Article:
Charged molecules, such as DNA and proteins, are present throughout biological systems.
Membranes, a bilayer of these charged lipid molecules, are used to compartmentalize matter in a variety of structural forms, from spherical vesicles to helical nanoribbons to cochleates.
"In biology, molecules take the form of many coexisting shapes.
Some are decided based on the variations placed upon them, such as concentrations of pH or salt," said Monica Olvera de la Cruz, Lawyer Taylor Professor of Materials Science and Engineering at the McCormick School of Engineering.
The team's findings were published in a paper, titled "Electrostatic Shape Control of a Charged Molecular Membrane from Ribbon to Scroll," on October 14 in Proceedings of the National Academy of Sciences.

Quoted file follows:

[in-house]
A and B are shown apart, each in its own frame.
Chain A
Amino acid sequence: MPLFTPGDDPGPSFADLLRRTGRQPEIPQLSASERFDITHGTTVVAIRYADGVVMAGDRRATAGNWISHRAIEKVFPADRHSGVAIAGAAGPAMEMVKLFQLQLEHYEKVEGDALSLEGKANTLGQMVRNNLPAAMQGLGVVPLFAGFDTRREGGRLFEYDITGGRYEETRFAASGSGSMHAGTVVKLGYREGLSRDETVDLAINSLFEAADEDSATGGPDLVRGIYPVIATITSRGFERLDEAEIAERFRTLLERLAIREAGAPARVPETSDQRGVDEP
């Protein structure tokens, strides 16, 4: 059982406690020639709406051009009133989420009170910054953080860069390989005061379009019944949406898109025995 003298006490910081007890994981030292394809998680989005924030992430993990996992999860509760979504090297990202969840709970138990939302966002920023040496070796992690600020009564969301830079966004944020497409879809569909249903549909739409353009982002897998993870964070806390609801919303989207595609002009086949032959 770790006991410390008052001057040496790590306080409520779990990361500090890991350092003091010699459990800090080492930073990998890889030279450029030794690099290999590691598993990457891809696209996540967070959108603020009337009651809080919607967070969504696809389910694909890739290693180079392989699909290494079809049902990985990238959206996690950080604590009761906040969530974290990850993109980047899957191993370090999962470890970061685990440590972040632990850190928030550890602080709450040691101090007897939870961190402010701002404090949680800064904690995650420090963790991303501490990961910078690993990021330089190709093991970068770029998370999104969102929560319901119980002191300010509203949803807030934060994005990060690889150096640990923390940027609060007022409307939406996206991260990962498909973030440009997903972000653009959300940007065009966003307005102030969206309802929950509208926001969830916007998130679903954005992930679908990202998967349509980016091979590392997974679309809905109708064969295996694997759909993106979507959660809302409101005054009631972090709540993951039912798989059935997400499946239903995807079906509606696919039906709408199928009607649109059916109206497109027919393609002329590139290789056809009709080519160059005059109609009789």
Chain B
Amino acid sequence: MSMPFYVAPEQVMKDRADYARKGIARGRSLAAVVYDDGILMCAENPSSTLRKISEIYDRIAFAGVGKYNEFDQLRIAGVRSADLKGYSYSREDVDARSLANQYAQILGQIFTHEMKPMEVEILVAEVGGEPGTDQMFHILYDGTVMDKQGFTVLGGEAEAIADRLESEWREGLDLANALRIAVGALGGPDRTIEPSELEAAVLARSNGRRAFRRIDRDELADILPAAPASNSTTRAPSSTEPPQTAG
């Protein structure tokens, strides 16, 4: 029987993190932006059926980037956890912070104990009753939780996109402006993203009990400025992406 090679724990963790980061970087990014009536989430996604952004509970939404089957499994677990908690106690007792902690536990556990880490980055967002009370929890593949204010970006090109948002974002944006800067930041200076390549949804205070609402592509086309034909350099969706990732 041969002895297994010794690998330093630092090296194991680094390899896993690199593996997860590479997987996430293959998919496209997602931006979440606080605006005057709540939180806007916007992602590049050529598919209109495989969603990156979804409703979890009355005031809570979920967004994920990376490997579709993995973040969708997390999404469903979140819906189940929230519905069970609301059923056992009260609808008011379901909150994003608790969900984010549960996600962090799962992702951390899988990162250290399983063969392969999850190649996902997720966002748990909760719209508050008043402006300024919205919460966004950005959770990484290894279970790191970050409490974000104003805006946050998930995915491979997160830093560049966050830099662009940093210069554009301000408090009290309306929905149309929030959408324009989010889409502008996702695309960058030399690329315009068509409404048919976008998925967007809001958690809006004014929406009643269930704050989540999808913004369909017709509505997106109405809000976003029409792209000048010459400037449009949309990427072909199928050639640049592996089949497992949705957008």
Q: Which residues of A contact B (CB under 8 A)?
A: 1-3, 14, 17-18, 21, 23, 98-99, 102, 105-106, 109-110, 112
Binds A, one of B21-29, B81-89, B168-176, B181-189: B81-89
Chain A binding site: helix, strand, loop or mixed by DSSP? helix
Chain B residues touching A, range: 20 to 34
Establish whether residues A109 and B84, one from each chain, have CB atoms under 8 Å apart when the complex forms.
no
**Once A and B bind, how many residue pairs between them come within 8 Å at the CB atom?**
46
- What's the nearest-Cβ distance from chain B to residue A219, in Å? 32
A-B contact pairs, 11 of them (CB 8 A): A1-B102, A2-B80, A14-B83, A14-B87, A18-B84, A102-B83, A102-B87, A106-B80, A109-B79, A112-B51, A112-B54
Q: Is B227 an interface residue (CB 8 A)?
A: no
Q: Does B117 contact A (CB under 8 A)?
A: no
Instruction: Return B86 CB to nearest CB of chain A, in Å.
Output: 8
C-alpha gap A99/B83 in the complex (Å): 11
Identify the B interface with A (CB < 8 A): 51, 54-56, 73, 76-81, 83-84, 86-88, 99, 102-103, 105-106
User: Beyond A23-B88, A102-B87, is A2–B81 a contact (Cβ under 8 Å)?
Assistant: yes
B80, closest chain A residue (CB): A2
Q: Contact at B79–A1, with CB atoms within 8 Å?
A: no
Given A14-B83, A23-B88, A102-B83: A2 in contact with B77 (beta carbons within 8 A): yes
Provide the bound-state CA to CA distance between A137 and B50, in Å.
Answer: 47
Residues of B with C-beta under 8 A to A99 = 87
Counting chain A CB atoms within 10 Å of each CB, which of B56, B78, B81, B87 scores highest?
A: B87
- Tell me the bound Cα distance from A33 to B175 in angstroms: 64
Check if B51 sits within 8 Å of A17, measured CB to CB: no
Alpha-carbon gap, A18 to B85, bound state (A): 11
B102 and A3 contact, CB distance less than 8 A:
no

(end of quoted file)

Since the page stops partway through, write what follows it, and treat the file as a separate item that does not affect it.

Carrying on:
Using a combination of microscopy techniques and small- and wide-angle x-ray scattering, the team studied changes to the membrane shape of a charged amphiphilic molecule called C16-K1, composed of a hydrophilic single amino acid headgroup and a 16-carbon-long hydrophobic tail.